Fuel saving tips: drivers can use a 20 pence coin to reduce fuel consumption by 20 percent

With gasoline and diesel prices remaining quite high, experts have urged drivers to monitor their fuel economy and reduce their gas mileage simply by checking their tires. The latest RAC Fuel Watch indicates that motorists will have to pay 162.32 pence per liter for unleaded petrol and 180.45 pence per liter for diesel on average.

According to Kwik Fit, tires account for up to 20 percent of a car’s fuel consumption, so choosing the right ones is important.

Tires typically lose air naturally, at a rate of up to two PSI (pounds per square inch) each month.

Because of this, drivers are advised to check tire pressure regularly, as this can help conserve fuel for as long as possible.

Ensuring the air in your tires is full not only extends tread life, but also improves fuel efficiency since there is less rolling resistance on the road.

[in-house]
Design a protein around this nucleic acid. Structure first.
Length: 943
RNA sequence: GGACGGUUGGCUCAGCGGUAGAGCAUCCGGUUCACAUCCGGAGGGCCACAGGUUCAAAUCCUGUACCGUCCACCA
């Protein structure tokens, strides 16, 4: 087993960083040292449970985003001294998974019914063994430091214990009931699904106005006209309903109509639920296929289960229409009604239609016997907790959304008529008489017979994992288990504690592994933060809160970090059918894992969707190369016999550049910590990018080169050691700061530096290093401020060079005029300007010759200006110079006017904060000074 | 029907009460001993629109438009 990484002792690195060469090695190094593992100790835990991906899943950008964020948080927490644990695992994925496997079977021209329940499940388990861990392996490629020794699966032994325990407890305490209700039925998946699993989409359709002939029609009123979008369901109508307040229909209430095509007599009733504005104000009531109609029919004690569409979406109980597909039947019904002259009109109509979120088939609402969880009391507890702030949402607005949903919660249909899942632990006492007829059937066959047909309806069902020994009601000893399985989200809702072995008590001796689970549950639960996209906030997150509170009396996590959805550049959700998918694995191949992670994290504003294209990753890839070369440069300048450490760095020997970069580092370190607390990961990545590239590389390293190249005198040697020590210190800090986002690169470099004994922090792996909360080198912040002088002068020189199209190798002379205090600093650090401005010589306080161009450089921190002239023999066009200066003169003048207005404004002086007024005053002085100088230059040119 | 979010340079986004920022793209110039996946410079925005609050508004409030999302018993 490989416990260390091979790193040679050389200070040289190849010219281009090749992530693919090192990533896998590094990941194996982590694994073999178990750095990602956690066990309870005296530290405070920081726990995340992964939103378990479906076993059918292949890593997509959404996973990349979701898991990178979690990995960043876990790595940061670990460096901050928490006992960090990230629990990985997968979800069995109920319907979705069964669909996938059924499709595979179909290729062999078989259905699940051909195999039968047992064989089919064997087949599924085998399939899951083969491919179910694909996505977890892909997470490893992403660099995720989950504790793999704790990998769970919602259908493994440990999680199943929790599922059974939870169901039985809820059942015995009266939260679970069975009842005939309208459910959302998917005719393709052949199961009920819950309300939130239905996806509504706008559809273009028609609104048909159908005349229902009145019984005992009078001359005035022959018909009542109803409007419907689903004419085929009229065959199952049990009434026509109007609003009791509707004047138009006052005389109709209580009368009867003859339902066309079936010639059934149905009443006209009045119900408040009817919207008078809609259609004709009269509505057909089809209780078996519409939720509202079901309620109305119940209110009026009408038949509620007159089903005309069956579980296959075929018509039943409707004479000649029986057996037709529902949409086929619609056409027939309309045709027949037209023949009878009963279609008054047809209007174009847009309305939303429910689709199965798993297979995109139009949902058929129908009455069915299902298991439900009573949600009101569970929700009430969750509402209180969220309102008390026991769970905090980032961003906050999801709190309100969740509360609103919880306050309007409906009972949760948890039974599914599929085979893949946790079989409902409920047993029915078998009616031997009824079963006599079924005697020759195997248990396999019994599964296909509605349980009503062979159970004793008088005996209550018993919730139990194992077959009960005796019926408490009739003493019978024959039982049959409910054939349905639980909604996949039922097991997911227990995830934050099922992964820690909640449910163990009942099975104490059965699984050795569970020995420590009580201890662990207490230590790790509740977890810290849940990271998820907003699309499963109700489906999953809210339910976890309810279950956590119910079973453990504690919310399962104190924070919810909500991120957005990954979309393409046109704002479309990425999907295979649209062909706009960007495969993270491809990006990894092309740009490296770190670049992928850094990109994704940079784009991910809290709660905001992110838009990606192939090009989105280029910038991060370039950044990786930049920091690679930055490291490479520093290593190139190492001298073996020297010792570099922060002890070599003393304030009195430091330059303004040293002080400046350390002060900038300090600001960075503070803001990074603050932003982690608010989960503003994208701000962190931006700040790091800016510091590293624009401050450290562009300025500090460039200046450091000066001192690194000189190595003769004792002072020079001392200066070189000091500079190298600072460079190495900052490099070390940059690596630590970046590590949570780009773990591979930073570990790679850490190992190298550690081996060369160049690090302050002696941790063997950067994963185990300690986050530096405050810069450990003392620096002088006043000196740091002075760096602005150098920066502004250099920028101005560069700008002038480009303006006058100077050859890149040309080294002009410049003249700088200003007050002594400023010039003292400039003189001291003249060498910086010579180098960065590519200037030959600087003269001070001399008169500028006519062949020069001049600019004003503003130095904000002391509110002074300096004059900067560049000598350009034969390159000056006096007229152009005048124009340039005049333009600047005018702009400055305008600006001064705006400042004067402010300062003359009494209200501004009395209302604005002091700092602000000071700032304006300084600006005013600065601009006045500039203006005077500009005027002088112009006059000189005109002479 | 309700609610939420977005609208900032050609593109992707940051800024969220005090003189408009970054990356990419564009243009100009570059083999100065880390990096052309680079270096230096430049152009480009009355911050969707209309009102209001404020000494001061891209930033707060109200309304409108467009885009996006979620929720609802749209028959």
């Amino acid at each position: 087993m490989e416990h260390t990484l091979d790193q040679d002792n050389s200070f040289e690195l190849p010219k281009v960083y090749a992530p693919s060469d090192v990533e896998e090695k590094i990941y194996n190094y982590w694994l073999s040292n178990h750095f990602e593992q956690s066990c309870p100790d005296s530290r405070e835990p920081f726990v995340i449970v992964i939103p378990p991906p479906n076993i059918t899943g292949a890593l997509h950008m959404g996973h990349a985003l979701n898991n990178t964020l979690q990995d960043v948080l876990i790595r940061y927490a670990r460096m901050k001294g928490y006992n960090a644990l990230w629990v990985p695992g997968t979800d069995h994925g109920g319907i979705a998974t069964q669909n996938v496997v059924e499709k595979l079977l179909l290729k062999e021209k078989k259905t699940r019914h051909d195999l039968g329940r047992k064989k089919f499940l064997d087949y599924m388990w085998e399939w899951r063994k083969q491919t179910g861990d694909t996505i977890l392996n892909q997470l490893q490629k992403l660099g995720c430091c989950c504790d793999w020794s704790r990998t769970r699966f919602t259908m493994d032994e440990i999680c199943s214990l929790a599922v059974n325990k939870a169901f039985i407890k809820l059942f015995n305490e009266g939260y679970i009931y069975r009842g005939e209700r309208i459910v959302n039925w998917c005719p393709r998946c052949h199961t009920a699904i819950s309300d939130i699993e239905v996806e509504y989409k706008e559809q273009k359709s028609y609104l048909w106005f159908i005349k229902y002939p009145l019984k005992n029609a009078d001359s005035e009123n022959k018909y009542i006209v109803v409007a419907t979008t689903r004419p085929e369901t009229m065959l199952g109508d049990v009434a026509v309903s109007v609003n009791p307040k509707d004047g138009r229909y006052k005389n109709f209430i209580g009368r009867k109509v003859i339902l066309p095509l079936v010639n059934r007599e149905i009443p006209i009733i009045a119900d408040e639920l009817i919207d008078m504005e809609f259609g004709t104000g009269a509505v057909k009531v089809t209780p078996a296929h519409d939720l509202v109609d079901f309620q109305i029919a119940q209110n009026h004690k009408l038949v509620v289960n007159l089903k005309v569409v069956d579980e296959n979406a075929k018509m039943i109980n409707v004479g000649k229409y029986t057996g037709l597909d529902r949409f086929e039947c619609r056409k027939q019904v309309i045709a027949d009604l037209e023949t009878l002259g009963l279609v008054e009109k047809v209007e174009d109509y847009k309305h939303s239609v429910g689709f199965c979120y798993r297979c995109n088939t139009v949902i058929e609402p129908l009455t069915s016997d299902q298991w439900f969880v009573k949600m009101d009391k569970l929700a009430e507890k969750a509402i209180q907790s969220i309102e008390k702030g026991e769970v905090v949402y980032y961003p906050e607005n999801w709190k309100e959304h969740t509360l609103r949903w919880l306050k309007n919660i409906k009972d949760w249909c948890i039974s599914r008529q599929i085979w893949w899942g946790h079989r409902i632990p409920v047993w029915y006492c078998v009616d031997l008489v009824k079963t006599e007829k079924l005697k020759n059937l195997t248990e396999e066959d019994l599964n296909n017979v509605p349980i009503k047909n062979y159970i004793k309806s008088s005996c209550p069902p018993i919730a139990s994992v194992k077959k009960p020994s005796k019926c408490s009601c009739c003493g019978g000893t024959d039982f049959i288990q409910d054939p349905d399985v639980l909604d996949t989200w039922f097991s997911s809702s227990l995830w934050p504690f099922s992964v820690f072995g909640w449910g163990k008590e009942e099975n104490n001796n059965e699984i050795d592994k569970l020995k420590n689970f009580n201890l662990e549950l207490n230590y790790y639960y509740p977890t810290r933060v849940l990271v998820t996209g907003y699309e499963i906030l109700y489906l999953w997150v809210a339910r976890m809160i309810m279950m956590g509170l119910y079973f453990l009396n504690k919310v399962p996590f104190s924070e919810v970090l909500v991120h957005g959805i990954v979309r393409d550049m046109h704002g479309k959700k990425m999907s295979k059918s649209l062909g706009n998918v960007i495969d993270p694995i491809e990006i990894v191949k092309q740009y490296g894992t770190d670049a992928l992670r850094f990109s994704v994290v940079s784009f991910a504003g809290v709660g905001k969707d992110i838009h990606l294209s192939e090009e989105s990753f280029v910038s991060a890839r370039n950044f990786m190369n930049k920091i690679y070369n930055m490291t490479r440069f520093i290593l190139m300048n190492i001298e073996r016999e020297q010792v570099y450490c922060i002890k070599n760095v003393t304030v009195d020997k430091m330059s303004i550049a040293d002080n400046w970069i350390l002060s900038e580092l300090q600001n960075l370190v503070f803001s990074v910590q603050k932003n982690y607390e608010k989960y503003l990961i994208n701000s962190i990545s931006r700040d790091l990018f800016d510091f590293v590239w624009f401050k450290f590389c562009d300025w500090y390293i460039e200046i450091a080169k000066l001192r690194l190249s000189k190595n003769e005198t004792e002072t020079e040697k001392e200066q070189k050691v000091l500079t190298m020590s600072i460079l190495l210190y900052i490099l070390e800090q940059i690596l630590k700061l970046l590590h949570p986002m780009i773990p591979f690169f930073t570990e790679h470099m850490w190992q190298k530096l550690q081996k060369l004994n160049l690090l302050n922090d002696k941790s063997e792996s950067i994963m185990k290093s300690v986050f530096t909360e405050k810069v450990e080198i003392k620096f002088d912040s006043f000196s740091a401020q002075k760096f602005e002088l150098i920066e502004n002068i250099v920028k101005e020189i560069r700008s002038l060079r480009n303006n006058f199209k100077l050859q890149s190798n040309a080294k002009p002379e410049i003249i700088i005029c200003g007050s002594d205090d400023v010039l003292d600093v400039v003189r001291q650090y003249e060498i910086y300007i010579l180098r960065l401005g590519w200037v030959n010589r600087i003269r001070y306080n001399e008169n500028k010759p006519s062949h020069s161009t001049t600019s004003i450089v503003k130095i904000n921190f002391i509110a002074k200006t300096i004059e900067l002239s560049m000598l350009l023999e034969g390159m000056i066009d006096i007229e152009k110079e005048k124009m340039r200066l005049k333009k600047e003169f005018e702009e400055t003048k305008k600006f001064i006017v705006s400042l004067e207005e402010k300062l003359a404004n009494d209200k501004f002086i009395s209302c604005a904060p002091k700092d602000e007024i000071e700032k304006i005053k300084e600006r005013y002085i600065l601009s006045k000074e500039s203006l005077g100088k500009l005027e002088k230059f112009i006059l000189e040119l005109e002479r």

READ MORE: Simple Gear Shift Tip That Helps Drivers Avoid a ‘25% Increase’ in Fuel Consumption

Because the test is so quick and easy, motorists are advised to have their tires checked at least once a month.

Another study by the US-based National Highway Traffic Safety Administration (NHTSA) found that every one percent drop in tire pressure correlated with a reduction 0.3 percent in fuel economy.

All new tires purchased in the UK come with an EU tire label, which is there to help drivers make an informed decision when choosing a new tyre.

Tires are classified into three categories: fuel efficiency, wet grip and noise.

Fuel efficiency is rated on a scale from A to F, with an A rating being the best possible result.

These tires require less energy to roll and therefore use less fuel.

So if motorists want new tires with good fuel economy, Kwik Fit advises people to look to the EU tire label for guidance.

Drivers also face fines of up to £10,000 for not having the correct legal tire tread depth.

If stopped by police and the tires are found to be illegal, motorists could receive three penalty points and a fine of up to £2,500 per illegal tyre.

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